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TEXT Matthew Soules

In an era increasingly focused on maximizing the spatial efficiency of cities, it is not hard to describe the omnipresence of the single-purpose service lane as anachronistic. Because once an infrastructure and pattern of use is established, it tends to be exceedingly difficult to dislodge. It’s not hard to understand why this is the case. Countless North American cities have innumerable kilometres of service lanes, a shadow doubling of the named and therefore proper streets, devoted to the messy realities of parking, trash collection, and loading and unloading. However, at the outset of the 21st century, this phantom network of narrow streets is increasingly considered a territory ripe for dual duty, asked to emerge from its singular role as service space to be backed onto, and to become a space in its own right upon which architecture fronts. And through lane-fronting architecture, at least according to some, the possibility of a denser city emerges. Despite much conversation and debate, it remains to be seen what an extensive repurposing of service lanes would offer the North American city, but to get a sense, Vancouver–the continent’s pre-eminent working laboratory of contemporary urbanism–offers the best glimpse yet.

The city of Vancouver, with just over 640,000 residents within its 115 square kilometres, is already Canada’s densest city. There are roughly 5,000 people for every square kilometre. However, despite this density, more than three-quarters of the city is zoned for single-family dwellings. Indeed, the vast majority of the city is defined by detached homes with front and rear yards. For such a statistically dense place, it’s remarkably suburban. In effect, very high densities in the relatively small central core outweigh more meagre densities in the rest of the city. The West End, for instance, clocks in at 22,000 people/km2 while tony Shaughnessy comes in at an almost rural 2,000 people/km2. Unlike urban morphologies that more evenly distribute population, like San Francisco or Brooklyn, Vancouver offers a binary system: a compact and super-dense core, sitting within an expansive low-density field.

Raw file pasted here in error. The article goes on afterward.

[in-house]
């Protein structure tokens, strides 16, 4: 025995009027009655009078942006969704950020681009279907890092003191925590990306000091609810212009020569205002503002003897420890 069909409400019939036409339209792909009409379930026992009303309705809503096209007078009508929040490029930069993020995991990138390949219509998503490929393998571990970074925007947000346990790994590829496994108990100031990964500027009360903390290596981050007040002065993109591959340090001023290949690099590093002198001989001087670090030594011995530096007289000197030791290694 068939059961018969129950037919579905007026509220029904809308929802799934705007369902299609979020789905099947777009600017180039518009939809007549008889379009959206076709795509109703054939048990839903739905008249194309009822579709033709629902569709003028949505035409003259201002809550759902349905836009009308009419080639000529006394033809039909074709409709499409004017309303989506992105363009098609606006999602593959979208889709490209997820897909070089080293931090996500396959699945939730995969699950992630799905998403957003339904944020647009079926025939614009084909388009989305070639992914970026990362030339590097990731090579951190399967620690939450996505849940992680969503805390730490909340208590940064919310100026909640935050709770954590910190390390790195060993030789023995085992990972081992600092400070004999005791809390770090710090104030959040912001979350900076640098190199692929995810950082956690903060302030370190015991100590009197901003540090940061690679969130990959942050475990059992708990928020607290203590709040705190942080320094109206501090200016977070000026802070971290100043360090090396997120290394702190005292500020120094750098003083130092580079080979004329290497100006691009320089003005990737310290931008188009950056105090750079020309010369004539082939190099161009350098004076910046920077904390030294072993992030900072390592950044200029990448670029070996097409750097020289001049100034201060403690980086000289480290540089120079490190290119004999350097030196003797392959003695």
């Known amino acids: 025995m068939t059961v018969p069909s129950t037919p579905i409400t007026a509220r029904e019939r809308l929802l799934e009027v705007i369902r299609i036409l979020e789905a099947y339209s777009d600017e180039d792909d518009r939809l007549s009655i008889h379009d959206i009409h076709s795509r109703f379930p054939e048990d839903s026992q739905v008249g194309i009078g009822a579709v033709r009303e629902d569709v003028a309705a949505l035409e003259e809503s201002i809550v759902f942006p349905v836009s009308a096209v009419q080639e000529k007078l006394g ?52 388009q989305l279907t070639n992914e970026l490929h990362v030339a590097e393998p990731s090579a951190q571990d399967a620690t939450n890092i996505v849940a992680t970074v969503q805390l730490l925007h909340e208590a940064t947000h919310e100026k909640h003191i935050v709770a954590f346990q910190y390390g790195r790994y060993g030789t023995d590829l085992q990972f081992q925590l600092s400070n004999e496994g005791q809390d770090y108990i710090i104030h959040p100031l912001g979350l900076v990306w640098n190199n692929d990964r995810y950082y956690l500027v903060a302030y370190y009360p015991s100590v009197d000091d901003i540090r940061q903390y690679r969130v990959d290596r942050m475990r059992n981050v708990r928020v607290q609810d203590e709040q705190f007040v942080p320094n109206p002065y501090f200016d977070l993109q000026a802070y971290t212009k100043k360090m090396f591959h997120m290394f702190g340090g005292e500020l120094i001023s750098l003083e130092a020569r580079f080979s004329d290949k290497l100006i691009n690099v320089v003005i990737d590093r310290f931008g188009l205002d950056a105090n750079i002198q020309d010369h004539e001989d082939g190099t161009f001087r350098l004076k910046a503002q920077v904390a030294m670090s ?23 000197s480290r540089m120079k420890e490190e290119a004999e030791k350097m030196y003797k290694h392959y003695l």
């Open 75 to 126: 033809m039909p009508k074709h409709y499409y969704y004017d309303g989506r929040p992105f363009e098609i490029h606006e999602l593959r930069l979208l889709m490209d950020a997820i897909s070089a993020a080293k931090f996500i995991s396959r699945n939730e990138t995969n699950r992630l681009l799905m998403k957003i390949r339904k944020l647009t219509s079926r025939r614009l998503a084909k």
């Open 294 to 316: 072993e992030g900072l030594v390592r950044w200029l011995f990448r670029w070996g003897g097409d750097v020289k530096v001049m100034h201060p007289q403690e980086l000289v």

With the one million extra residents that demographers predict in Metro Vancouver by 2040–combined with the geographic constraints of mountains, ocean and the Agricultural Land Reserve, increased densification in Vancouver is inevitable and low-density areas offer tantalizing territories of opportunity.

Within this context, Vancouver enacted its July 2009 by-law allowing laneway housing on essentially all single-family lots. Roughly 60,000 parcels are now eligible. Compared to swaths of new condominium towers or the redevelopment of industrial lands, laneway housing is ostensibly an insignificant agent of densification. However, 60,000 new dwelling units represents a major expansion. If realized, it could absorb a population increase of almost 20 percent. While zoning that supports some form of lane-fronting secondary dwellings is increasingly common across North America, it is still very much the exception. There is no such zoning in Toronto and Chicago, for instance. And the minority of cities that do permit laneway housing tend to do so only in certain areas or on sites with particular qualities. Edmonton, for example, allows secondary dwelling structures on corner lots as well as those along major arteries. Brent Toderian, Vancouver’s Director of City Planning, knows of no other city that has embraced laneway housing as wholeheartedly as Vancouver. In addition to allowing them throughout the city, Toderian points out that relaxed parking requirements and the continued allowance of secondary suites are both factors that increase the viability of laneway housing. Considered in combination with the parallel allowance for secondary suites, the entire fabric of the city is now zoned for a minimum of three households. The single-family zone is a thing of the past–in effect, if not in name. The extent to which laneway houses will actually be constructed remains to be seen, but it is clear that a significant conceptual shift has occurred in the planning of the city, a major shift toward blanket densification outside the central core. It also represents a seismic shift in the thinking of the lane, a hidden but vast territory of the city.

The by-law is a tightly worded document that permits laneway houses on parcels with a 33′ minimum width. The standard dimension of a Vancouver residential property is 122′ x 33′ while in some areas of the city wider lots prevail. By prescribing an allowable footprint that extends 26 ft2 into the lot, the intent is that laneway housing occupies the footprint that would otherwise be a garage. On the standard lot, the floor area is limited to 500 ft2, plus a required exterior or enclosed parking space. Floor area exclusions enable an extra 125 ft2 if certain conditions are met. A second storey is allowed as long as it’s no larger than 60% of the footprint. Prescriptive directives on massing are rationalized as a means to ameliorate privacy concerns and to diminish adverse effects on views and sunlight penetration.